UBC Theses and Dissertations

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UBC Theses and Dissertations

Design of an in-situ ellipsometer Kleinschmidt, Alfred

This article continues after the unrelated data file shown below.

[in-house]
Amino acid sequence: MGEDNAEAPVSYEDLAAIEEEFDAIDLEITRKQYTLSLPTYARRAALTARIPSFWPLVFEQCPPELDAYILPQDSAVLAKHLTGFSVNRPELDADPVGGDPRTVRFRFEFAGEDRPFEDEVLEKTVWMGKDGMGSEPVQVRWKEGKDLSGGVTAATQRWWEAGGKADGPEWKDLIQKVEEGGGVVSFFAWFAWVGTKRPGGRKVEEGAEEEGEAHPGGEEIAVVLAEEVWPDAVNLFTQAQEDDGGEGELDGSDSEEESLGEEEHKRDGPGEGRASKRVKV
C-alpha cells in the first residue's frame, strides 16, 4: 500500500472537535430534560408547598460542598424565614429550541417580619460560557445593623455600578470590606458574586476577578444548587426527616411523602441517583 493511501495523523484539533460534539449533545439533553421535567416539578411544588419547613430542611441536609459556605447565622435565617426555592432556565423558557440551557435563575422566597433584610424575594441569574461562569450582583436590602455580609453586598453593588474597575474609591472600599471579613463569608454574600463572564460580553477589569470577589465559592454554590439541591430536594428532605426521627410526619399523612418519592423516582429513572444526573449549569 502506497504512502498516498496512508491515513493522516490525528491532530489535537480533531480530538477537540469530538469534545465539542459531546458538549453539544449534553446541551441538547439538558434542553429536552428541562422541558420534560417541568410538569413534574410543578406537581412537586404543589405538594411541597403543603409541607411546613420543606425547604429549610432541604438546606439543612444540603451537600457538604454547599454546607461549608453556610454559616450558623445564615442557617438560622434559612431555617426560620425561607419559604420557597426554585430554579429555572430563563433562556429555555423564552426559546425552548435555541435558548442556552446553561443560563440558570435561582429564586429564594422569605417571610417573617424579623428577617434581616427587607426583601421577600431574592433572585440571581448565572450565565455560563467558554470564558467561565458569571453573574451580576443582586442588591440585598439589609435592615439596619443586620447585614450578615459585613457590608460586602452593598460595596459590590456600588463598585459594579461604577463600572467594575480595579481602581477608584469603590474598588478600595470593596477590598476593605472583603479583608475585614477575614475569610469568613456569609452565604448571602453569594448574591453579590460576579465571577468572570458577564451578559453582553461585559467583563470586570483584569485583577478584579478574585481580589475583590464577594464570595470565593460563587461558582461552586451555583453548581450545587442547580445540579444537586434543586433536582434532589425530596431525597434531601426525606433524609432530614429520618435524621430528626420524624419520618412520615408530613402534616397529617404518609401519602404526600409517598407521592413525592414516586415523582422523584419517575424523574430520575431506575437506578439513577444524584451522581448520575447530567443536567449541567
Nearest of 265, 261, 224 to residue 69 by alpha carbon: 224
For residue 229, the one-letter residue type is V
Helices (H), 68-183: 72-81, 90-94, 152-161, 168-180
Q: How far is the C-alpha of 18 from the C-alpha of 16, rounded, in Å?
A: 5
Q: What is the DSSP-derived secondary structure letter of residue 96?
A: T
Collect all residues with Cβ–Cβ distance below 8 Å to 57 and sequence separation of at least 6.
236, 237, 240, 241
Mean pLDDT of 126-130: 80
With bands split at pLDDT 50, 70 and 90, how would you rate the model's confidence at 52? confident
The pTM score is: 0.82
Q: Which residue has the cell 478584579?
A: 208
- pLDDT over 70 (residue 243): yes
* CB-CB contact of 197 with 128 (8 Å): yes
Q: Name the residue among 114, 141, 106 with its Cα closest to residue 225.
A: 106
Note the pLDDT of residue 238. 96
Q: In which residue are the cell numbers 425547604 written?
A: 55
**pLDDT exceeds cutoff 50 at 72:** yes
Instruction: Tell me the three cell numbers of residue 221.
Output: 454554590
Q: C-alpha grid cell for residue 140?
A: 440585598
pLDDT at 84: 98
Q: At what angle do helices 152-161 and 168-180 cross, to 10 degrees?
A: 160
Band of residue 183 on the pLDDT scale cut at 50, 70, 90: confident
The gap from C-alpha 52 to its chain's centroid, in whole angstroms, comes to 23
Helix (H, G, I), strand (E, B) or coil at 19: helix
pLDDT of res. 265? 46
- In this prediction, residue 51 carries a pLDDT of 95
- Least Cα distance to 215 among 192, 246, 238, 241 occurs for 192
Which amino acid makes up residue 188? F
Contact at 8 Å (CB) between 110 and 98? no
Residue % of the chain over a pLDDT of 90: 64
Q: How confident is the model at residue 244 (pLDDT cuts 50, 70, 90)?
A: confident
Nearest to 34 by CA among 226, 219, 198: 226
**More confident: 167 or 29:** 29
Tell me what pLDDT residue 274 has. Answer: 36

Ellipsometry is a nondestructive analysis technique for studying surfaces, interfaces and thin films. The fabrication of multilayered structures, which can consist of several hundred layers, by sputter deposition of two materials having different refractive indices requires careful control of the individual layer thicknesses. In-situ monitoring of the deposition process is clearly the optimal way to achieve a high quality film and layer structure. An in-situ ellipsometer can be mounted on a deposition chamber and, through view ports, make a measurement of the complex reflection coefficient of the sample inside during the deposition process. Through an appropriate mathematical model, the thickness of the deposited layer can be determined from the ellipsometric data. This thesis presents an account of the design, construction and operation of an in-situ, rotating compensator ellipsometer. The completed prototype achieved a precision and repeatability of better than ± 1 A when measuring a Si02layer on a silicon substrate. Thicknesses obtained from measurements corrected for the birefringence of the vacuum port windows agreed with accepted values to within a monolayer for thin (< 1000 A) layers of Si02 on silicon, and to within 3monolayers for samples up to 2200 A thick.

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